October 2020
Volume 20, Issue 11
Open Access
Vision Sciences Society Annual Meeting Abstract  |   October 2020
Pooling model of tilt estimation based on surface tilt statistics in natural scenes
Author Affiliations & Notes
  • Seha Kim
    University of Pennsylvania
  • Johannes Burge
    University of Pennsylvania
  • Footnotes
    Acknowledgements  This work was supported by NIH grant R01-EY028571 from the National Eye Institute & Office of Behavioral and Social Science Research and NIH grant R01-EY011747 from the National Eye Institute.
Journal of Vision October 2020, Vol.20, 1239. doi:https://doi.org/10.1167/jov.20.11.1239
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      Seha Kim, Johannes Burge; Pooling model of tilt estimation based on surface tilt statistics in natural scenes. Journal of Vision 2020;20(11):1239. doi: https://doi.org/10.1167/jov.20.11.1239.

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      © ARVO (1962-2015); The Authors (2016-present)

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Abstract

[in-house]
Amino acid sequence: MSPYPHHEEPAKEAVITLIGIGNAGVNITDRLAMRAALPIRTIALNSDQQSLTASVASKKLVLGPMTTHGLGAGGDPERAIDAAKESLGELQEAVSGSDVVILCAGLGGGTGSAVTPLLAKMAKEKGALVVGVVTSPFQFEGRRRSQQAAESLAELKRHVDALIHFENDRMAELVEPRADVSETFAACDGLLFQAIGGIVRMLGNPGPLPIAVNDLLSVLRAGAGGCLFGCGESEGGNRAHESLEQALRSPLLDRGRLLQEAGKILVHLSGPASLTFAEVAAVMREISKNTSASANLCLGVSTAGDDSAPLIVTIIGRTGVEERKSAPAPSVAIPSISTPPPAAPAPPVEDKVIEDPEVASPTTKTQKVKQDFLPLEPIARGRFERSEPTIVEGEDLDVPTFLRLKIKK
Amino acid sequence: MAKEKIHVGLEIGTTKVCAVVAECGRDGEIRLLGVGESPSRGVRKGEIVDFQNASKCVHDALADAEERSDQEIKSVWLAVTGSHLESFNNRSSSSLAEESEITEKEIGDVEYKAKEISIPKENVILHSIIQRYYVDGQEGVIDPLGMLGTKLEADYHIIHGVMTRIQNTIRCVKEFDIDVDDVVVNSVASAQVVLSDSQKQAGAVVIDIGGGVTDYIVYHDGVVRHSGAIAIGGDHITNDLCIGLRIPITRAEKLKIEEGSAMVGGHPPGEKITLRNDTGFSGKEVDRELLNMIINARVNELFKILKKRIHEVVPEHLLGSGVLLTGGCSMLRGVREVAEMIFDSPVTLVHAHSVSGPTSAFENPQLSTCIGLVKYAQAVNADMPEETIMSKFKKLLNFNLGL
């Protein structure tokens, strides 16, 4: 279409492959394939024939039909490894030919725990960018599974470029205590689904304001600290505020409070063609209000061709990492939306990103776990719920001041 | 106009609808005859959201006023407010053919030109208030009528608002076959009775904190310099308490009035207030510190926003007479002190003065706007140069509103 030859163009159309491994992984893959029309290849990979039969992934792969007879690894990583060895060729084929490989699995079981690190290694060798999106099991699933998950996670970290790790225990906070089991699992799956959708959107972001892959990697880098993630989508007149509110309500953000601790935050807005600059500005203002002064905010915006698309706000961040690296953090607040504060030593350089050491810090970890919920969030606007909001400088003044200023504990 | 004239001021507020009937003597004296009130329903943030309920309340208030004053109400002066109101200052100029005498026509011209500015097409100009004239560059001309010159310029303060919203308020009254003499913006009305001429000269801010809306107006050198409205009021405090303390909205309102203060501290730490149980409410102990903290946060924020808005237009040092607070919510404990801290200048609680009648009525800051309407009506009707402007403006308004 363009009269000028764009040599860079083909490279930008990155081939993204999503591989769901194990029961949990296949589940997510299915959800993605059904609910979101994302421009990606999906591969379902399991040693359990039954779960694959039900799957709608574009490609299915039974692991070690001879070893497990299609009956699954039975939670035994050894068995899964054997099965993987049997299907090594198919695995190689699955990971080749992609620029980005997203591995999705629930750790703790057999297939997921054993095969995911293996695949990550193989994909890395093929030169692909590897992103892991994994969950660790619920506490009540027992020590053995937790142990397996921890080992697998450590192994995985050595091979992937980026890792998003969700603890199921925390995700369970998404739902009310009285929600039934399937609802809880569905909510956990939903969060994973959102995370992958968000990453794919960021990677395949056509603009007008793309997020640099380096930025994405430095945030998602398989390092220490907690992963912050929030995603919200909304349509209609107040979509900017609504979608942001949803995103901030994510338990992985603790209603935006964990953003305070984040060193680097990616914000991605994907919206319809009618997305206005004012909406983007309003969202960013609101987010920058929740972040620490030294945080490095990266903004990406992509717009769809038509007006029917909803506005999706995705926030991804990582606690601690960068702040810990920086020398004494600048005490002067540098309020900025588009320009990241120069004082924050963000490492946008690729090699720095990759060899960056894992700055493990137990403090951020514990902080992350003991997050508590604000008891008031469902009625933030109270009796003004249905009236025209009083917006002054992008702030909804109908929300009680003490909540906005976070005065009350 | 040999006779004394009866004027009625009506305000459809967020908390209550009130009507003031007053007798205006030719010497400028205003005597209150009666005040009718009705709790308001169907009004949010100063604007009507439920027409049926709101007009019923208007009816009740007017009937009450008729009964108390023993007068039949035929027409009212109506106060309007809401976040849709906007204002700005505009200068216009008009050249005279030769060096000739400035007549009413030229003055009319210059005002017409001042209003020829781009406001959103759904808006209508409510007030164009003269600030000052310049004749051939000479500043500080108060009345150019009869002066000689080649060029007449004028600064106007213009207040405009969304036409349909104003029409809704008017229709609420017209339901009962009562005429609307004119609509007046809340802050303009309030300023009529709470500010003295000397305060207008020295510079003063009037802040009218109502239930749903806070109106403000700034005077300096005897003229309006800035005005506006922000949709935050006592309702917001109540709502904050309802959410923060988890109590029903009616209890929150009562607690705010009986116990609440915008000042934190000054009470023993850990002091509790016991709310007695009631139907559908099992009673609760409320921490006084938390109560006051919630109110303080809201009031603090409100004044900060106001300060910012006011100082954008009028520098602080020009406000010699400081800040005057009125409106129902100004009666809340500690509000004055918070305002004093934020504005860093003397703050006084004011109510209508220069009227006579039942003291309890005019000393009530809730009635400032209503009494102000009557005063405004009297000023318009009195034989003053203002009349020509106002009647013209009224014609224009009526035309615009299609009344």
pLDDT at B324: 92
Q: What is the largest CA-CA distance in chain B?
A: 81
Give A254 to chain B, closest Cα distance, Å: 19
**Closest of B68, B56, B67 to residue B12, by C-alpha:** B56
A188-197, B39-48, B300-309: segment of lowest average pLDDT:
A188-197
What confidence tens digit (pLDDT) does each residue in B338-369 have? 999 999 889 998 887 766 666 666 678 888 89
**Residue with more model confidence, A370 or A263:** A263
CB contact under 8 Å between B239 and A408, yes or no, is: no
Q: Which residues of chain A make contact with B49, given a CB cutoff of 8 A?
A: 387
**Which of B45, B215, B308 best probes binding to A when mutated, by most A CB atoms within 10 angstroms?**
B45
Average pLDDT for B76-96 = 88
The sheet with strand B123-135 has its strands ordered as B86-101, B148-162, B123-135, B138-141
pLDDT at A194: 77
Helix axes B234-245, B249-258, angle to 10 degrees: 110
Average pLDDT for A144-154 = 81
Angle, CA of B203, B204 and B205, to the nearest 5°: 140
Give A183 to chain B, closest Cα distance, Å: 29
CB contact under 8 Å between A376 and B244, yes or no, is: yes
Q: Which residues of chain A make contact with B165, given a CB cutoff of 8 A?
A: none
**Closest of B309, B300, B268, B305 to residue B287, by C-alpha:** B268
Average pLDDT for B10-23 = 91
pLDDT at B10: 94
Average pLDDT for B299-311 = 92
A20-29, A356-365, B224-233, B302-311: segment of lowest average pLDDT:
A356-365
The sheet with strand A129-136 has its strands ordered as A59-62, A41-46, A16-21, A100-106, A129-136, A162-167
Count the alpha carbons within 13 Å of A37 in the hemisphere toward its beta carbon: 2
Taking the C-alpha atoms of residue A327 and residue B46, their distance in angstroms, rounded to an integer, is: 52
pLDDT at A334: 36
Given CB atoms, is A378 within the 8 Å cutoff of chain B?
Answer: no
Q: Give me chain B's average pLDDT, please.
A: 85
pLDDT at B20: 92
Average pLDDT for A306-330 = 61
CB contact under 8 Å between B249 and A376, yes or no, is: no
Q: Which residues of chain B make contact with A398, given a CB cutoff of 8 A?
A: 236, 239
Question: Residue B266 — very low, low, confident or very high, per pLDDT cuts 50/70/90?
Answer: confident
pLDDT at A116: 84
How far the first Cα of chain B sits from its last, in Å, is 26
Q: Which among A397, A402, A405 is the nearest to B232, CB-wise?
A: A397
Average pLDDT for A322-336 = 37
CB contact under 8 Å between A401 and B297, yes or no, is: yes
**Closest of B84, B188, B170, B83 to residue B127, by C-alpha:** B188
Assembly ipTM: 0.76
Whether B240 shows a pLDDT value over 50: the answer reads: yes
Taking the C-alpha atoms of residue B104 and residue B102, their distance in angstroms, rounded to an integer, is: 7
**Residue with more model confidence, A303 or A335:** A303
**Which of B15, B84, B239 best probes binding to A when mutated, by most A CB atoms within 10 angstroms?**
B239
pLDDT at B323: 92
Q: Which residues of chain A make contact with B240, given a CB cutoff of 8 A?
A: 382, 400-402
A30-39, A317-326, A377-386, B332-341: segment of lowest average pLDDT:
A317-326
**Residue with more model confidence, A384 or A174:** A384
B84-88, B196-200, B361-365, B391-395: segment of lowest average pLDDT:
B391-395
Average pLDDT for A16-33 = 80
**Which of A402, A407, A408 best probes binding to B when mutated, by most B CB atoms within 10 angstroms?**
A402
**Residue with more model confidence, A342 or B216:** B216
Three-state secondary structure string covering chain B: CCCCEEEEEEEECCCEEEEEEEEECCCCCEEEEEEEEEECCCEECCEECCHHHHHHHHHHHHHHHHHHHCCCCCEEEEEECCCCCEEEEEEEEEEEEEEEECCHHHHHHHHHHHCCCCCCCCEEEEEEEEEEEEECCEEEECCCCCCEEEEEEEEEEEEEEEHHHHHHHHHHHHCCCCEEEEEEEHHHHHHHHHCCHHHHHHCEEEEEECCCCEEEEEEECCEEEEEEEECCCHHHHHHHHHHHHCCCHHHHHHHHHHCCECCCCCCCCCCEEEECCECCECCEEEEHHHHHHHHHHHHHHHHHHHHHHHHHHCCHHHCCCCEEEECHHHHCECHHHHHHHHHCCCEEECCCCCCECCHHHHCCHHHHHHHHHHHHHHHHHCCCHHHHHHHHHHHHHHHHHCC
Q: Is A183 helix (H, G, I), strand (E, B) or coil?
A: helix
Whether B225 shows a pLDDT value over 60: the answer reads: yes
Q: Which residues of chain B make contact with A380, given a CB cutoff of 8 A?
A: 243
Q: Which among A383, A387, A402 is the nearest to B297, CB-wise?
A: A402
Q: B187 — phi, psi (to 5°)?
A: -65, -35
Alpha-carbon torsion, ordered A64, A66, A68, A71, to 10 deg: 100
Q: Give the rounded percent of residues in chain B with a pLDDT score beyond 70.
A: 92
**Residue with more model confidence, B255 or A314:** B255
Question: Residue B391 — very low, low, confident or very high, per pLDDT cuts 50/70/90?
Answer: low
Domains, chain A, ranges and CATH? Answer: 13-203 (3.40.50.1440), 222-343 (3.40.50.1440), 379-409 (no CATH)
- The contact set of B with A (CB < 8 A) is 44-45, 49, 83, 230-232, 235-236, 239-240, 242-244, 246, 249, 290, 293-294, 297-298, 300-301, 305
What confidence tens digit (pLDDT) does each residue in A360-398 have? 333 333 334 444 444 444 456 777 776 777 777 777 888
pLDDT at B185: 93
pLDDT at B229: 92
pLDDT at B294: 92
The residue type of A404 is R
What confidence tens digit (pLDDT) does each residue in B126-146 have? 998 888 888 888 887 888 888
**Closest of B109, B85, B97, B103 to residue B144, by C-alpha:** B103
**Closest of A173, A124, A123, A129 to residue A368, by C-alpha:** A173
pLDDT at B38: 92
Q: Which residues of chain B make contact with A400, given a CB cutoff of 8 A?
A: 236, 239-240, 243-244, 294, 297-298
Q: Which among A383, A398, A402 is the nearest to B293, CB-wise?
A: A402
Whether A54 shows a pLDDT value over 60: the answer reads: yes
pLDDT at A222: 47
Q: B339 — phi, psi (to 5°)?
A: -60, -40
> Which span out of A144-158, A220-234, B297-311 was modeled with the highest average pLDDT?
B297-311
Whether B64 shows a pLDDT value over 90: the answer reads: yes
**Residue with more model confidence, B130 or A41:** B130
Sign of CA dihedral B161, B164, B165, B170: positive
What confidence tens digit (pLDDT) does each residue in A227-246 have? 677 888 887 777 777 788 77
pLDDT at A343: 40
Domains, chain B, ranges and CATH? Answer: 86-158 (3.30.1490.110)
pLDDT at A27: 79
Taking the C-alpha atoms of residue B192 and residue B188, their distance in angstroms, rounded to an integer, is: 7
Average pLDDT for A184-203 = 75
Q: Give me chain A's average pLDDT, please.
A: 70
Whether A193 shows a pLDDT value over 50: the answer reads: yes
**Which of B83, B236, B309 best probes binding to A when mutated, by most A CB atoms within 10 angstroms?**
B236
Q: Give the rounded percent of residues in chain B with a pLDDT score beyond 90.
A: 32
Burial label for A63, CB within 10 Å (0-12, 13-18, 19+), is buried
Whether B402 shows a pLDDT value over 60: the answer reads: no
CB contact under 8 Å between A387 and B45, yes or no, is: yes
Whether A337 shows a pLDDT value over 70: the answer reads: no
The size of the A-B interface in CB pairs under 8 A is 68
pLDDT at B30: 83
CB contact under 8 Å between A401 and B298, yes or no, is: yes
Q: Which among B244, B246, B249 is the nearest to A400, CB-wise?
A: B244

Visual systems estimates three-dimensional (3D) structure of the environment from two-dimensional (2D) retinal images. To improve accuracy, visual systems use multiple sources of information. Here, we examine how human visual systems use prior information about the world to improve the estimation of 3D surface tilt. We analyzed the statistics of 3D tilts in natural scenes from a large stereo-image database with co-registered distance information at each pixel. We found a systematic pattern governing how tilts are spatially related in natural scenes. We designed a hierarchical model that pools local tilt estimates in accordance with these scene statistics. The model first computes a Bayes-optimal local estimate given three image cues (i.e. luminance, texture, and disparity). The model then computes a “global” estimate by pooling the local estimates within a neighborhood centered on the target location. The orientation and aspect ratio of each pooling neighborhood was dictated by the natural scene statistics. The model was evaluated how accurately it estimated groundtruth tilt in natural scenes and how accurately it predicted human performance. Human performance was determined in a psychophysical experiment. Humans viewed natural scenes through a stereoscopically defined circular aperture that was 3deg in diameter. The task was to estimate the surface tilt at the center of the patch via a mouse-controlled probe. Four human observers participated in two experiments; each experiment contained 3600 unique stimuli. We found that the global model provides more accurate estimates of groundtruth tilt and better predictions of human performance than the local model. We also found that the pooling neighborhood areas that maximized estimation accuracy were very similar to the pooling neighborhood areas that best predict human performance. Taken together, the results suggest that human visual systems integrate local estimates in accordance with statistics of surface tilt natural scenes.

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